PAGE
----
5. Marc Gasol. The other, younger Gasol had a heck of a ballgame last night. The 23-year-old was the one of the zero-sum, spare parts that landed in Memphis when the Grizzlies dispatched Pau to the Lakers last season. Before last night, Marc had played f three games in the NBA. None of them before he was part of the trade for his older brother. None of them before Columbus Day. Marc had scored 22 points and pulled down 25 rebounds in those games and seemed a prospect to be a legitimate big man prospect. But nothing more. He was big and raw. Then last night he breaks out for 27 points, 16 rebounds and 3 blocks in 36 minutes in leading the Grizz to a win over the Warriors. Most impressively, he shot 9 of 11 from the field and 9 of 11 from the free throw line. So, even though his ups make Zach Randolph look like a potential slam-dunk contest participant, the big Spaniard can hit his free throws.

Oakely would*....

Vote for Barack Obama Because...

Part 1 of 44 Reasons Oakley Would Choose Obama as the 44th President
Former New York Knickerbocker, NBA Hall of Famer, former Rhodes Scholar, former U.S. Senator and one-time Presidential Candidate, Bill Bradley supports him.

Part 2 of 44 Reasons Oakley Would Choose Obama as the 44th President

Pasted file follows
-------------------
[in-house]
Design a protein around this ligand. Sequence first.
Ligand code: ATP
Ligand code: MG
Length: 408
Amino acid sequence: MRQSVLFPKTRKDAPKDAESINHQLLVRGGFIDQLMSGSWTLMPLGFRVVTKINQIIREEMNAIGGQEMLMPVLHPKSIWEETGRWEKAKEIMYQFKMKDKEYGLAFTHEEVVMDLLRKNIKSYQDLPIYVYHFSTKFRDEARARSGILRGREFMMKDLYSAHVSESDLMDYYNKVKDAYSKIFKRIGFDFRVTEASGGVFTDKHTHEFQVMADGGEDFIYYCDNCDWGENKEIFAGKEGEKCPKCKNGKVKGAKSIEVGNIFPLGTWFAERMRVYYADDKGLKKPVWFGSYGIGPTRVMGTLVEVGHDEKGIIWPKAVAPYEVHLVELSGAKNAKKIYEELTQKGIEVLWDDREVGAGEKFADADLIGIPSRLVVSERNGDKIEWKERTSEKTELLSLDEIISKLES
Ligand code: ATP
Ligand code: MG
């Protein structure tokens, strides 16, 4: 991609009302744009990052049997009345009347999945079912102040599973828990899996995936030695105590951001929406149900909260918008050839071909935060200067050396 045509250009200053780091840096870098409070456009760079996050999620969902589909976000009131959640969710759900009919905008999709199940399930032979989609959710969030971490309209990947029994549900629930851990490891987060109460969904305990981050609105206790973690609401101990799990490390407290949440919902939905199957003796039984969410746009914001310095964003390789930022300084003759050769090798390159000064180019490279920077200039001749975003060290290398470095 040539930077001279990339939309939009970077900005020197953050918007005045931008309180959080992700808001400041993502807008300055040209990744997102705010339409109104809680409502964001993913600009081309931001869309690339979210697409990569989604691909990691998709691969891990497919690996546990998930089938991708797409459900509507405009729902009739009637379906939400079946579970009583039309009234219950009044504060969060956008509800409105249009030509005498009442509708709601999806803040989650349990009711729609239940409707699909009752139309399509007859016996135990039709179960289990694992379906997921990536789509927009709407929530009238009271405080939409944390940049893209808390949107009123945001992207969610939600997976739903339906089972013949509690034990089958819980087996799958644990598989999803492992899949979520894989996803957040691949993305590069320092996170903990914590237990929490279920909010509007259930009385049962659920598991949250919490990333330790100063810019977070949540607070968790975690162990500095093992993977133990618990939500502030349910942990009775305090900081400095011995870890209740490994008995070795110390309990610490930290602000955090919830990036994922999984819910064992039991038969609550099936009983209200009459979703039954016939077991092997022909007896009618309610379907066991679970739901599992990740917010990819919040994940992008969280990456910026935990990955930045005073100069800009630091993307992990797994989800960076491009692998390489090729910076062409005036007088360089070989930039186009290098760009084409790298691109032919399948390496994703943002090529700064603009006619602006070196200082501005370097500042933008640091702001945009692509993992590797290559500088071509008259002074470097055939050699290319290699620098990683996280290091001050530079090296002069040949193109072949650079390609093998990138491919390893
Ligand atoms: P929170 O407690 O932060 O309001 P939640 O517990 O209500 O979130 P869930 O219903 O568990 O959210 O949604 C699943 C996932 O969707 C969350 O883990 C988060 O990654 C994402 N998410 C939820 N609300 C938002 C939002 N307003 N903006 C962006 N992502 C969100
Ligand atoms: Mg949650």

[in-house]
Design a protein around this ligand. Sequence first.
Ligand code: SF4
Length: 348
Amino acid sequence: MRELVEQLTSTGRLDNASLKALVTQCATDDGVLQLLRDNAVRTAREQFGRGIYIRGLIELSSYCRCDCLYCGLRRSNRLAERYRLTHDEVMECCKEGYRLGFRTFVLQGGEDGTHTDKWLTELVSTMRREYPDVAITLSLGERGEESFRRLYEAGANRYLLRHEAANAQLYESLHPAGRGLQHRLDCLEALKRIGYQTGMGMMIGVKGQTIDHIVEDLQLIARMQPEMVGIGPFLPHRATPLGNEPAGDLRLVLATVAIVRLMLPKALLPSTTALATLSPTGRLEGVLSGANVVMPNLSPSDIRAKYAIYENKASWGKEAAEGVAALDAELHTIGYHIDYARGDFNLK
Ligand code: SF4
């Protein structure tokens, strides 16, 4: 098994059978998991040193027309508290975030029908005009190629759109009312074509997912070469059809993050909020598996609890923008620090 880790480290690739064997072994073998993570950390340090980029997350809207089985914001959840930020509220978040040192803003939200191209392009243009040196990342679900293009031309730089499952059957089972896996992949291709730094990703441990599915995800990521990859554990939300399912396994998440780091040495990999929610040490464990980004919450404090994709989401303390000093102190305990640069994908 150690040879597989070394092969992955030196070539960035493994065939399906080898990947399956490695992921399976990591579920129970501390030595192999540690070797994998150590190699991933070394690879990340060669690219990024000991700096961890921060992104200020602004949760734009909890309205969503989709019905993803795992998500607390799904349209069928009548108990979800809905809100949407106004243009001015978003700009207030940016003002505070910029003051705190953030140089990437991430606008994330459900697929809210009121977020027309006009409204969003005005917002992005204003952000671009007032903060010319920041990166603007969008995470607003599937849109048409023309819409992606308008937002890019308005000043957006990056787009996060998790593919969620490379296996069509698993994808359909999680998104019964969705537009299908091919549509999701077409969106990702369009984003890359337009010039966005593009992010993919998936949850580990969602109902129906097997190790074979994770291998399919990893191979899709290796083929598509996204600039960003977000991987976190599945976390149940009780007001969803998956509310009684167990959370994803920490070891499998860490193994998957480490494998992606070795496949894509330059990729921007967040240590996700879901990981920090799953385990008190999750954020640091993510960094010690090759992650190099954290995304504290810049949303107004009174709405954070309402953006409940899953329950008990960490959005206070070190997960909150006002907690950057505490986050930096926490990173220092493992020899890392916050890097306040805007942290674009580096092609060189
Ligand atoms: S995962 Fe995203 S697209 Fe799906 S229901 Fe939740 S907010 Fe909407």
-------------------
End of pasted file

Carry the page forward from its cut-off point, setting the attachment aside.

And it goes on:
While being interviewed by ESPN's Chris Berman for a segment to be aired during last night's Monday Night Football game, Obama said, when asked what he would change about sports, that:
"I think it is about time that we had playoffs in college football. You know, I am fed up with these computer rankings, and this and that and the other. Get eight teams. The top eight teams right at the end. You've got a playoff. Decide on a national champion."
This is change that I can believe in. Yes we can have a playoff!

Part 3 of 44 Reasons Oakley Would Choose Obama as the 44th President
Barack Obama has been endorsed by NJ-native and longtime bard of working-class America Bruce Springsteen,
while John McCain has been endorsed by Ted Nugent, who runs canned hunts on a ranch he owns.
In spite of his current endorsement of McCain, the Nuge once said "John McCain seem[s] to be catering to a growing segment of soulless Americans who could care less what they can do for their country, but whine louder and louder about what their country must do for them. That is both un-American and pathetic." But now they're like BFF.


*The views of this post, and this entire blog, are not actually the views of Knickerbocker legend Charles Oakley. FYI. In fact, if Oakley has saved up enough money from his playing days then he might side with the other rich folks out there and vote Republican.